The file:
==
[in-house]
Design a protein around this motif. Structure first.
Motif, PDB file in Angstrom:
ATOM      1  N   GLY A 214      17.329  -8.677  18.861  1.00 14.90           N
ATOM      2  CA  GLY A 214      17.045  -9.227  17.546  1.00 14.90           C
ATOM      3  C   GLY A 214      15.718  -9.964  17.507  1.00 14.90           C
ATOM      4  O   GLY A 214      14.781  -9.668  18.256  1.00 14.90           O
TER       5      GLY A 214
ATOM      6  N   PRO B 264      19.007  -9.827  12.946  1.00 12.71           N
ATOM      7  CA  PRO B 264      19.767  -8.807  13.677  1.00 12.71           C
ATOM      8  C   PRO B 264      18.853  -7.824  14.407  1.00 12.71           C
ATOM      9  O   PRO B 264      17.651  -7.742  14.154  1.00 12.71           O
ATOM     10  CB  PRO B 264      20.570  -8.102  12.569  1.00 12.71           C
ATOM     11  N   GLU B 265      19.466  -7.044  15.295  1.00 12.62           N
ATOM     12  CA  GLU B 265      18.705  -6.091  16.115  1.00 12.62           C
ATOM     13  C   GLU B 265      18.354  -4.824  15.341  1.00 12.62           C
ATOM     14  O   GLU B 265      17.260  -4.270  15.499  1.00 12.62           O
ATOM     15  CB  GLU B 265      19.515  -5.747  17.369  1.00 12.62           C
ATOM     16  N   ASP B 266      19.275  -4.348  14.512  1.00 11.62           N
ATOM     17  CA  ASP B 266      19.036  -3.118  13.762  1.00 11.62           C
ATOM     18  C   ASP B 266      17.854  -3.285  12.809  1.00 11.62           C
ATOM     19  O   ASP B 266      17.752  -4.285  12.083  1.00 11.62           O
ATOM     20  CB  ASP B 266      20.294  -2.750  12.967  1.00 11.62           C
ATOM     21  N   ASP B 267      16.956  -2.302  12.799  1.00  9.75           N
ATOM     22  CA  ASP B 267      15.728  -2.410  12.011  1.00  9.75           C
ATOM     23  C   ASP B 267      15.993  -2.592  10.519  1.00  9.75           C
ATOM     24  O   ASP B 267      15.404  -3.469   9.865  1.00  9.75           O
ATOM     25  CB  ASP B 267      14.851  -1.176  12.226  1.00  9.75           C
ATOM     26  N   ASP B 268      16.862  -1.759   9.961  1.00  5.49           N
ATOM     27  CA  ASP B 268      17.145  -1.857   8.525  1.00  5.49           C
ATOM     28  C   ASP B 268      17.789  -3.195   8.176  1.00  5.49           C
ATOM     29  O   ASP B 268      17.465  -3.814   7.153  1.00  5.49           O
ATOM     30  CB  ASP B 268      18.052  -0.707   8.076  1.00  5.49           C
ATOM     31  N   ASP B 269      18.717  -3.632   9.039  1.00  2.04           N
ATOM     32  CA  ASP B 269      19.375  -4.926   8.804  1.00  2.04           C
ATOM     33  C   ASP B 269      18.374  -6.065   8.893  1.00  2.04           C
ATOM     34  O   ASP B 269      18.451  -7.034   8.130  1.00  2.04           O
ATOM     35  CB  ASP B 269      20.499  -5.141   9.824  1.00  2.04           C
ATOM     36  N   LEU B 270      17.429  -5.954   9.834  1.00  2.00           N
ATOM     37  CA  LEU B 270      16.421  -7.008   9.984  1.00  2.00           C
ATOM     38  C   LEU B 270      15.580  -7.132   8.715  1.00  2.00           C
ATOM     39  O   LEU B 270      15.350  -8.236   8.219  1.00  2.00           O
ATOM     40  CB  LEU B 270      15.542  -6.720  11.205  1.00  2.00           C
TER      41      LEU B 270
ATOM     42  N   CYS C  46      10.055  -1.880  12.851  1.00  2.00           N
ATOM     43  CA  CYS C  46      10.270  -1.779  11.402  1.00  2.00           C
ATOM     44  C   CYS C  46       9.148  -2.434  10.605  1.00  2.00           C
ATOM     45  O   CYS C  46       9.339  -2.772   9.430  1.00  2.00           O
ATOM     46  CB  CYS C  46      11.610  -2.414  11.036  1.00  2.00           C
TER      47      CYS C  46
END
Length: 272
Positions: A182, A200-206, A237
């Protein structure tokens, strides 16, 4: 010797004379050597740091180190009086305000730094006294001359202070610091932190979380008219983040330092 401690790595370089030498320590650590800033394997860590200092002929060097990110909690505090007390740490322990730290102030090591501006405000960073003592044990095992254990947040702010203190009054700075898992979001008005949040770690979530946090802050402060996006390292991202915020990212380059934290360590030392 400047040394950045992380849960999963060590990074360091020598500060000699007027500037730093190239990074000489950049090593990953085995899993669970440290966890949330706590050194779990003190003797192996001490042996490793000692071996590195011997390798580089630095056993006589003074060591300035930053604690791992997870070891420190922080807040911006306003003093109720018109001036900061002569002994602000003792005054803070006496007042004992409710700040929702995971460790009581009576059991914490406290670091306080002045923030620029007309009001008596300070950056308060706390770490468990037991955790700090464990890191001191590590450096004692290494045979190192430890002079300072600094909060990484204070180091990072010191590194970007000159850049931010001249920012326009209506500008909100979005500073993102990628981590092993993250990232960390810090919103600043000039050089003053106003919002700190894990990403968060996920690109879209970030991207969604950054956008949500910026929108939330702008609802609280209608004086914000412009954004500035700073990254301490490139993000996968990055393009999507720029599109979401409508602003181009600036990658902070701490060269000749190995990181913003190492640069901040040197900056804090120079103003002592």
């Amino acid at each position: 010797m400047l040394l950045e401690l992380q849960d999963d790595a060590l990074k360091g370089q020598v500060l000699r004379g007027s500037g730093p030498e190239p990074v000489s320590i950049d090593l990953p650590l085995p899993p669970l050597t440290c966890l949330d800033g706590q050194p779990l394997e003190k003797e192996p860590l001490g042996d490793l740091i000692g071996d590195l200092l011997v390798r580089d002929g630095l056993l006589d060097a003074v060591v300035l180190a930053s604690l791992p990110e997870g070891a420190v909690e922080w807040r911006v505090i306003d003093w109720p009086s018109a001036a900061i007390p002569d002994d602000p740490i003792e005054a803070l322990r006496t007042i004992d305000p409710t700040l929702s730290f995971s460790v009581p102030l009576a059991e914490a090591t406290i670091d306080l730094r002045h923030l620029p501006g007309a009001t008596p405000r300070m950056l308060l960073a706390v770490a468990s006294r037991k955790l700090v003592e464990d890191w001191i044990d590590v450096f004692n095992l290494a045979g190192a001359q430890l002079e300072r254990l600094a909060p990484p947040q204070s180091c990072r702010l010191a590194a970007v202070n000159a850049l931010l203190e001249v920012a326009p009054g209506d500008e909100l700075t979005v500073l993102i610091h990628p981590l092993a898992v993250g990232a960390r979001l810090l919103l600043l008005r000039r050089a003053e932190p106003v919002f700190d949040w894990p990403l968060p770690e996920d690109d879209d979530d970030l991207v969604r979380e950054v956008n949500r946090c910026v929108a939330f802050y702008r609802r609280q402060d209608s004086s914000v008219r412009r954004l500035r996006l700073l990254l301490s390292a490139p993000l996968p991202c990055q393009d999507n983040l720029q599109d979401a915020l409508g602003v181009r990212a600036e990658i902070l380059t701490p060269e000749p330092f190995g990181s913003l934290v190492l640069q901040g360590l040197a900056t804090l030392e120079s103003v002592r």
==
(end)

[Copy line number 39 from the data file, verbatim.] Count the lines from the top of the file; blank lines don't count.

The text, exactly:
ATOM     36  N   LEU B 270      17.429  -5.954   9.834  1.00  2.00           N